Origins of life systems chemistry
Prof. John Sutherland, MRC Laboratory of Molecular Biology Cambridge/UK
By reconciling previously conflicting views about the origin of life – in which one or other cellular subsystem emerges first, and then ‘invents’ the others – a new modus operandi for its study is suggested. Guided by this, a cyanosulfidic protometabolism is uncovered which uses UV light and the stoichiometric reducing power of hydrogen sulfide to convert hydrogen cyanide, and a couple of other prebiotic feedstock molecules which can be derived therefrom, into nucleic acid, peptide and lipid building blocks. Copper plays several key roles in this chemistry, thus, for example,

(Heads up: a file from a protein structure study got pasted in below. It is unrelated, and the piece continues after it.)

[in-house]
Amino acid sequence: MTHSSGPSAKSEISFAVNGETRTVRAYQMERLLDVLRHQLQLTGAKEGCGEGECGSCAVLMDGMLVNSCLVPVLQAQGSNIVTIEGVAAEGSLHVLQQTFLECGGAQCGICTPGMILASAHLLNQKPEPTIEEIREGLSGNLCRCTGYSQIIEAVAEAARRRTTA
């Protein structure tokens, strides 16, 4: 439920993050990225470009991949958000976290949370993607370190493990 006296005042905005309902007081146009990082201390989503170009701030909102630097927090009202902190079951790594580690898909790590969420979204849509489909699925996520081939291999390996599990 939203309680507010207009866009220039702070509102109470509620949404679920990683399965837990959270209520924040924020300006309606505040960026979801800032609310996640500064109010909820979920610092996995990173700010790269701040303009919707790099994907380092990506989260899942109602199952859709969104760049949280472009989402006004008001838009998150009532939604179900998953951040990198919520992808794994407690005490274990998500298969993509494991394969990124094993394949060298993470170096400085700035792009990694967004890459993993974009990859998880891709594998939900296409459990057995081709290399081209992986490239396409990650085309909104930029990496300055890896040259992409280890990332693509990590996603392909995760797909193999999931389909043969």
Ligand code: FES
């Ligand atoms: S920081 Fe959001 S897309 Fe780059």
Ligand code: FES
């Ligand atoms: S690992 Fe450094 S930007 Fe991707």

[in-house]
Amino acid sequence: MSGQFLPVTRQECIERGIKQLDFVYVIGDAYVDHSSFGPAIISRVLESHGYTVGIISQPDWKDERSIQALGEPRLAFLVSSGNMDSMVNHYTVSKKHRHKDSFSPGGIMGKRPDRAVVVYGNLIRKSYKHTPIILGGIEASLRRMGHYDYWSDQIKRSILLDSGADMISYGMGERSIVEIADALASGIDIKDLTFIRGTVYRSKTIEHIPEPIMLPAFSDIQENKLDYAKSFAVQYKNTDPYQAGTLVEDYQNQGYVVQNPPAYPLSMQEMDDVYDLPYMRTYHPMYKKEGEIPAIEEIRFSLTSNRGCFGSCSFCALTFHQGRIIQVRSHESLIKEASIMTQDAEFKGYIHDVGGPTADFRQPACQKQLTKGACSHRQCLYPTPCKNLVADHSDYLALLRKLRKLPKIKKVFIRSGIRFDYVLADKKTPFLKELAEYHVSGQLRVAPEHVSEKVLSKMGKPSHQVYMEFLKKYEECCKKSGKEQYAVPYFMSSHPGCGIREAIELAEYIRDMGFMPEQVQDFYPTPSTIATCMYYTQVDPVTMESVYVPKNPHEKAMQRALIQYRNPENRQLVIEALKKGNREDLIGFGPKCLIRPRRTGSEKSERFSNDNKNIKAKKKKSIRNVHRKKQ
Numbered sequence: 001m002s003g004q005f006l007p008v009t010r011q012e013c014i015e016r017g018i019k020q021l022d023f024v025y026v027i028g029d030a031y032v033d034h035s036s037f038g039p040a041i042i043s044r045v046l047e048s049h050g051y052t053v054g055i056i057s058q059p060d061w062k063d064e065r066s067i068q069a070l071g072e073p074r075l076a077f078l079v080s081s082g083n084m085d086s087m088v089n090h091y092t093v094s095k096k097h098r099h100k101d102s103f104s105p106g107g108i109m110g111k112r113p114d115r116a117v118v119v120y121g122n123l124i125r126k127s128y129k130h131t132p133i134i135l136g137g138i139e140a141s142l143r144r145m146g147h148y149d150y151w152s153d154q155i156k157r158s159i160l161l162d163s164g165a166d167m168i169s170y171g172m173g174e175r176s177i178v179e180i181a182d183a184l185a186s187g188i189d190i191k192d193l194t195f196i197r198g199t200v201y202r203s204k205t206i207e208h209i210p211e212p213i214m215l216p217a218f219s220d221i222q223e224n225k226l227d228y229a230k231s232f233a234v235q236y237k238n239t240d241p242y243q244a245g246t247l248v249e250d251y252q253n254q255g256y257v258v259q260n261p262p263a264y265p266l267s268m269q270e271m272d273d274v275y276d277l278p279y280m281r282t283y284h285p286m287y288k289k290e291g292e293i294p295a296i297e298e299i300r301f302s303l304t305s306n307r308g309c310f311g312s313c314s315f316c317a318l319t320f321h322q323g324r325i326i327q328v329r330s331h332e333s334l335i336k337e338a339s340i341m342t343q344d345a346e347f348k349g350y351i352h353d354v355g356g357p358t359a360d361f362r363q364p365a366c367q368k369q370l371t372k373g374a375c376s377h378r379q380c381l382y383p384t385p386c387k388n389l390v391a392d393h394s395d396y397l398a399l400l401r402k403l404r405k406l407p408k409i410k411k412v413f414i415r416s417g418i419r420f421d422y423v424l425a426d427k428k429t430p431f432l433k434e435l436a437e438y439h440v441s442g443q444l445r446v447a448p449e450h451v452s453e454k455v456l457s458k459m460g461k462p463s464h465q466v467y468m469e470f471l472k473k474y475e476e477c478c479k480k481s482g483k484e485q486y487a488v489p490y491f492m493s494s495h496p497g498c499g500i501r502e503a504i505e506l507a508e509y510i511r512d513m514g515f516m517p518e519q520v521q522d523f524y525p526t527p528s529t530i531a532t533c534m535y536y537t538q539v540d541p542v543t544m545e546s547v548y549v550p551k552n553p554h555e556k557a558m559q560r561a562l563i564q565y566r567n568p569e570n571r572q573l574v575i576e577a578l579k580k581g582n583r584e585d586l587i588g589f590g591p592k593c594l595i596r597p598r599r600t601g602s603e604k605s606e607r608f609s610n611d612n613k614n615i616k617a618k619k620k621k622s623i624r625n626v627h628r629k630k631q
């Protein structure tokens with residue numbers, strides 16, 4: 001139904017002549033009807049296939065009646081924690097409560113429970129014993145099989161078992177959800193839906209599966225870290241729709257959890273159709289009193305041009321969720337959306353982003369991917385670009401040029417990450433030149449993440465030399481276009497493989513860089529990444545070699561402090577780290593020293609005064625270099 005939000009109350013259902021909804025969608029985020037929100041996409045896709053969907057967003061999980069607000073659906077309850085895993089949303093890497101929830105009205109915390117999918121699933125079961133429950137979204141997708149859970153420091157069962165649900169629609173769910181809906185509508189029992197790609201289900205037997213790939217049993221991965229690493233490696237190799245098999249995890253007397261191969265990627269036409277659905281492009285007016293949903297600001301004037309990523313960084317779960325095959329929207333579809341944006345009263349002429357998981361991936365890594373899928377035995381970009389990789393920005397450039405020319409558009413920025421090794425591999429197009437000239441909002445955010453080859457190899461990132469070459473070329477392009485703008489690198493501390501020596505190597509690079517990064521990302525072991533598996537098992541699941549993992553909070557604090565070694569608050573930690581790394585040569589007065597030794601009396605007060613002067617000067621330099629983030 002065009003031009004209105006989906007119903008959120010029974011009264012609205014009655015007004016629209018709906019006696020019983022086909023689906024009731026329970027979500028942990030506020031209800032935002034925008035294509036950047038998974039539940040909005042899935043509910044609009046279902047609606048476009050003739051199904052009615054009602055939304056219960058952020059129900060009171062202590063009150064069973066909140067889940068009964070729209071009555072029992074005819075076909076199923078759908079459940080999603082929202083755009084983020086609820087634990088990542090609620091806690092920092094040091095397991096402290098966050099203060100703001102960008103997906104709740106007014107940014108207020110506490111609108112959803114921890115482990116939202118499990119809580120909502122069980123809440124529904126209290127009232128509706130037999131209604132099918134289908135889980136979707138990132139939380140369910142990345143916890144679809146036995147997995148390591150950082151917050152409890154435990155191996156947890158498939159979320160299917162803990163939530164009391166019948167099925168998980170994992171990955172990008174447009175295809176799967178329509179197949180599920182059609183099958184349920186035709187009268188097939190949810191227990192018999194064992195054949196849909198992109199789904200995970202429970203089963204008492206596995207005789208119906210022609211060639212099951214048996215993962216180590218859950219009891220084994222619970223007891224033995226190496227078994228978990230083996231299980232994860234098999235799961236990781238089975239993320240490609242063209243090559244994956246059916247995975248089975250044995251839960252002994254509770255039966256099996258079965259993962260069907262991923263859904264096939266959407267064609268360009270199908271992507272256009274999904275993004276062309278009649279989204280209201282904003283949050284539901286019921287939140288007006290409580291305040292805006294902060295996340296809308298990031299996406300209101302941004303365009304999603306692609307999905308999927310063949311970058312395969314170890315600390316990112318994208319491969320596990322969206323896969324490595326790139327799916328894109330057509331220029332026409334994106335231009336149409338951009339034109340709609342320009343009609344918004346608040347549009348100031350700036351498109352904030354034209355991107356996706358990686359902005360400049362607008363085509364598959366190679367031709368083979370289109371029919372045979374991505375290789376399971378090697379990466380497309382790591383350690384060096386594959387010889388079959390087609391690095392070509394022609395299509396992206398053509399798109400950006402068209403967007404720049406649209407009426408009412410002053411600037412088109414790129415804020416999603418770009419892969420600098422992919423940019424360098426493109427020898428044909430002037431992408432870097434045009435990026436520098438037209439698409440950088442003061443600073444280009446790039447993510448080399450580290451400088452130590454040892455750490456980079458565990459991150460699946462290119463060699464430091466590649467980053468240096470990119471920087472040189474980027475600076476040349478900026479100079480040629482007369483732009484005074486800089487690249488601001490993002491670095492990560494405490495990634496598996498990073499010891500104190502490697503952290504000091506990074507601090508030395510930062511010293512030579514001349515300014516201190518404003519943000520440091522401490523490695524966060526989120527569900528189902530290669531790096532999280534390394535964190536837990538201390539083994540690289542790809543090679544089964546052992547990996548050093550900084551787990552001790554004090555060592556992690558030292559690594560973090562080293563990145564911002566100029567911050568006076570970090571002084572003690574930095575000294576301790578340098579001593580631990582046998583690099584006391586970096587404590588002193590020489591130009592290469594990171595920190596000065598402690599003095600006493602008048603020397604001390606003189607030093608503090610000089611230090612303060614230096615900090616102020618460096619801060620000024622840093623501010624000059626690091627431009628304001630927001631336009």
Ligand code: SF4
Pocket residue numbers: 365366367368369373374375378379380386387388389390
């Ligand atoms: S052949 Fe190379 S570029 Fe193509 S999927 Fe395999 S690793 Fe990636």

copper(I) catalysed cross coupling and copper(II) driven oxidative cross-coupling reactions generate key feedstock molecules. Geochemical scenarios consistent with this protometabolism are outlined. Finally, the transition of a system from the inanimate to the animate state is considered in the context of there being intermediate stages of partial ‘aliveness’.